I was sat with team Fortnight, who from the sounds of things are really on top of their tasks. They set to the task with a speed and efficiency that was surprising to see. Perhaps going off what they were doing last week, they had a note-taker already prepared, and each had done their pre-requisite work enough to be able to start as soon as they heard the word ‘go’.

It was really interesting to see how invested in these fictional users the team members were, with a narrative slightly outside of the scope of this project coming to bear on almost every example. They were really engaged with the empathy aspect of deciding on a target audience.

With direction from the event organisers, the undergraduates were thinking about how to bring the adventure tourism together with ‘wellness’, a concept basically rooted in healthy living; both in terms of body and mind, and the more nebulous spirit and soul.

The team seemed to find it more difficult to focus on the wellness aspect of the task/brief, because it was newly introduced this week, and they were instead focusing so heavily on the narrative of what their personas would do when in Wales, figuring out where they were most likely to stay, eat, and even shop.

I reminded the group that we were trying to think of how the customers of the two companies would take something back home with them, and then how that might translate to them returning or even encouraging others to travel to the area for a similar experience.

They were good in that they didn’t think purely of physical things they’d take with them, but the metaphorical, experiences, and even emotions they’d take away from a trip to these adventure sites.

In future, I’d remind them to remember the wider context of the tasks, and think about why we’re coming up with the narrative of these personas, not just the mechanics of what those narratives contain.

Week Two with Sales in Wales

This was the second week for us all participating in Enterprise by Design this year, and there was a definite sense that the undergraduate students were happier than last week. Being asked to form a brand new team within half an hour of meeting someone for the first time is daunting for anyone.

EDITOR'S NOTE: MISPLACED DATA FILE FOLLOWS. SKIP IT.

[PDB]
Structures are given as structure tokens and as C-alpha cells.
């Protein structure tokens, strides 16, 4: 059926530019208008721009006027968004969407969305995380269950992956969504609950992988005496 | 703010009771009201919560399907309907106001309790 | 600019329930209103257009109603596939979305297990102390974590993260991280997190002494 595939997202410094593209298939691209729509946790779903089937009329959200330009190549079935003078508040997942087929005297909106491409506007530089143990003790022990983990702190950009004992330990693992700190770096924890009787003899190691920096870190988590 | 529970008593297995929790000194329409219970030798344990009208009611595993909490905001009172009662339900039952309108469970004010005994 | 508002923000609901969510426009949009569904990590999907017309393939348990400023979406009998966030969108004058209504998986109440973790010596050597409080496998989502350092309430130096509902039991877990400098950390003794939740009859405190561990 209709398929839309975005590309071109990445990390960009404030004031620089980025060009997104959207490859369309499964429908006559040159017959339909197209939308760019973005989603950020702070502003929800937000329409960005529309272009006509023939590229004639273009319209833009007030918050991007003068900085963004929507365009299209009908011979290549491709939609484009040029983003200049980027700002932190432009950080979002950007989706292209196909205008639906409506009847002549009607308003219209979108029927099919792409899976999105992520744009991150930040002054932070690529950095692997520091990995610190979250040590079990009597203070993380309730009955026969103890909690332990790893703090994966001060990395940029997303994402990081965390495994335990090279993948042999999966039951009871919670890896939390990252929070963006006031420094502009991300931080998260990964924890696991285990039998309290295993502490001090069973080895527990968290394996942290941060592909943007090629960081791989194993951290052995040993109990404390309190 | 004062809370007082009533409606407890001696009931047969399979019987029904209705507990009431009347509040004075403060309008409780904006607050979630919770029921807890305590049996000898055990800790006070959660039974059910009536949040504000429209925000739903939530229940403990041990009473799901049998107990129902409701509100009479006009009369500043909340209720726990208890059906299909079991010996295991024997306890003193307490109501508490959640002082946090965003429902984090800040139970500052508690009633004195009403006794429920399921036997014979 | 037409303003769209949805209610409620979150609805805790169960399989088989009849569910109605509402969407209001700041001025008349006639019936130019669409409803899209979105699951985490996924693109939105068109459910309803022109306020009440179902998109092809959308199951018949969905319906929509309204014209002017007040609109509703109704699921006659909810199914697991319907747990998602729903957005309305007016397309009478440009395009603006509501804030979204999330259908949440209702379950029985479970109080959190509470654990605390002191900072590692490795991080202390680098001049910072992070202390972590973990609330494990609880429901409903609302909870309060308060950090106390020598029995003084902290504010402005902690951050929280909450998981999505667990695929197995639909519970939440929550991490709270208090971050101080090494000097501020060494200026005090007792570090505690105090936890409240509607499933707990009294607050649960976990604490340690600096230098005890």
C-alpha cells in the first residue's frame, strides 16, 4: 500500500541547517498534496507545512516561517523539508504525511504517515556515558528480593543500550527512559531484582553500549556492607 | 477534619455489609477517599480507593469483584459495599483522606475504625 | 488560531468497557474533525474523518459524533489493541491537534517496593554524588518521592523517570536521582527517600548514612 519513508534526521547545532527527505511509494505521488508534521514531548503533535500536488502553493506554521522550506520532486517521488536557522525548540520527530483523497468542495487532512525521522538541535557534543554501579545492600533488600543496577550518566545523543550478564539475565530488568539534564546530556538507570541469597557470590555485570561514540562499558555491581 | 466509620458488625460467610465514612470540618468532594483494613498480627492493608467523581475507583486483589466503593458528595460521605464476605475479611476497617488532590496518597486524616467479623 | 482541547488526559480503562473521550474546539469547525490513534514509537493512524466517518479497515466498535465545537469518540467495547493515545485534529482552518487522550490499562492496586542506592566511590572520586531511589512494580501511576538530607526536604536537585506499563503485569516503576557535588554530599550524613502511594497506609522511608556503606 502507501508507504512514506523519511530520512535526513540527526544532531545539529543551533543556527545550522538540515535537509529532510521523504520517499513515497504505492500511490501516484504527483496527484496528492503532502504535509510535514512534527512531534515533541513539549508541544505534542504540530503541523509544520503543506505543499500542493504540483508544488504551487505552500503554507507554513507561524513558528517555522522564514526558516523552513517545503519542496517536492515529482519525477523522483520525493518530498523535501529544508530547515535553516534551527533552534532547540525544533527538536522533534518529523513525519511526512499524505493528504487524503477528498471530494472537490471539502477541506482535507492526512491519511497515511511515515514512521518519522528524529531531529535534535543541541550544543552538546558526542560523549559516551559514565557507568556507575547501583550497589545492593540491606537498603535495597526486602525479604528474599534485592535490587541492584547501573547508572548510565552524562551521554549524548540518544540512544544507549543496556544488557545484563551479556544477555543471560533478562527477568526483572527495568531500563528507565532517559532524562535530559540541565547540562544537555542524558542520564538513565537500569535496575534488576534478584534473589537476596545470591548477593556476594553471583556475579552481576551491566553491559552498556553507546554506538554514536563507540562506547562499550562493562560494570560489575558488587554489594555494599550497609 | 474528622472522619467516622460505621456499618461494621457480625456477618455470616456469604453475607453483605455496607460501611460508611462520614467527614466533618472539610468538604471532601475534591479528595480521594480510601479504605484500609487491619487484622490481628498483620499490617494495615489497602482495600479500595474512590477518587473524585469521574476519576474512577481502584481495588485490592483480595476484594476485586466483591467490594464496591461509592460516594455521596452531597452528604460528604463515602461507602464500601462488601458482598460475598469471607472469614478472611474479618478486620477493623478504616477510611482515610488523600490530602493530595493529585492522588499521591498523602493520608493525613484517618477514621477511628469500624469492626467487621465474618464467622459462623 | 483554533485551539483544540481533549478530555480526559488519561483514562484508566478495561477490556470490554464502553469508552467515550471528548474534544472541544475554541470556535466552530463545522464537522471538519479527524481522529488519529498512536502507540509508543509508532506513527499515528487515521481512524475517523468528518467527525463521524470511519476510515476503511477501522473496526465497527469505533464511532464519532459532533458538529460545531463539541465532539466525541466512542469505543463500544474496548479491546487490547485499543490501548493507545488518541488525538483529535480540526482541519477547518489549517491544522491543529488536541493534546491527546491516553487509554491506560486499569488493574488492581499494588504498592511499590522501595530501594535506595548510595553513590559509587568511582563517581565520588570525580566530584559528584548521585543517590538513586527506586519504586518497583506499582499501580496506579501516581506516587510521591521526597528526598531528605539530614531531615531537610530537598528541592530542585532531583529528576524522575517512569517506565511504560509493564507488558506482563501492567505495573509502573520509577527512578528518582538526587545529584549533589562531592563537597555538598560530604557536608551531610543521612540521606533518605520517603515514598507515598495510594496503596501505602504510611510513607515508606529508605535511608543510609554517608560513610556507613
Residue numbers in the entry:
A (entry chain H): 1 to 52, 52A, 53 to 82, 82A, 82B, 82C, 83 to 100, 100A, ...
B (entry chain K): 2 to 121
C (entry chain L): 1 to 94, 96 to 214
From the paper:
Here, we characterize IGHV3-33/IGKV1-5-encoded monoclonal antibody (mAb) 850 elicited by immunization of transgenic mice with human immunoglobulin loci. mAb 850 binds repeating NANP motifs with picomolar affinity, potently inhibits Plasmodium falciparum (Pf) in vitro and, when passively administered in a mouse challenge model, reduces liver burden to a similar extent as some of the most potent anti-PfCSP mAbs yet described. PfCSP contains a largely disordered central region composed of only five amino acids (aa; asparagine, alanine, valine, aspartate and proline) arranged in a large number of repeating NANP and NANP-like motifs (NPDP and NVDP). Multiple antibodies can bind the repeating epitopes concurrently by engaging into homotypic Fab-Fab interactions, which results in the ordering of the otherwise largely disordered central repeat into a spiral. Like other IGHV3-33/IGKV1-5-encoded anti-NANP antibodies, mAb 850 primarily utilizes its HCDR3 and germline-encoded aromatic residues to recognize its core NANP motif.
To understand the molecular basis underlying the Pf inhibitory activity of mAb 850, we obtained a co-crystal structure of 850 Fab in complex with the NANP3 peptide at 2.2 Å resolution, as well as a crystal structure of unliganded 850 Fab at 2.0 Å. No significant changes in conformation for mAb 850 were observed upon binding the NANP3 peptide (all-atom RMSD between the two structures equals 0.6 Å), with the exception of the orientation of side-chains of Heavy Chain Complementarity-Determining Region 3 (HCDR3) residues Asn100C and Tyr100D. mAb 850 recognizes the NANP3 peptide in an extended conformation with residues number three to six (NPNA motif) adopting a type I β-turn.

But, coming to this session knowing who they’d be working with, the undergraduate population got down to work fairly quickly. Representatives from Zip World and Rib Ride respectively introduced their employers and their background, market power, customer numbers, and future intentions.

Enterprise by Design 2018 is focused on bringing these two companies together in a mutually beneficial way. By bringing undergraduates from five different schools, and in four areas of specialism, this project hopes to bring a breadth of knowledge to bear on the problem given by the companies’ brief.

This week, the students were asked to map out the services, infrastructure, and ‘assets’ of the local area, focusing in particular on the corridor between Menai Bridge and Bethesda; the main hubs for Rib Ride and Zip World, respectively.

I was working with Bethan, Chloe, Tomos, and Xi Xiao (who in week 3 decided upon team Sales in Wales), and I found that they were bogged down by certain things mentioned in the brief as pointers; the geography of the locations and not their quality as assets, in particular.

This isn’t much their fault, as they were all unsure of the area in question and hadn’t much experience in this narrow corridor of Gwynedd that we were discussing. With the help of Google Maps, they were better able to place these assets on their own map.

In future, it might be more beneficial for the group to focus on non-physical importance of assets too. A stronger instinct to search online for a broad overview of something they aren’t sure about may be beneficial, as well.

In terms of the work the group produced in the week leading up to Tuesday’s session, the group had three different (one team member only joined this week) personas that they will be able to merge with this week’s task in order to better identify places where gaps in the North Wales “adventure map” exist and what they might do to solve those gaps.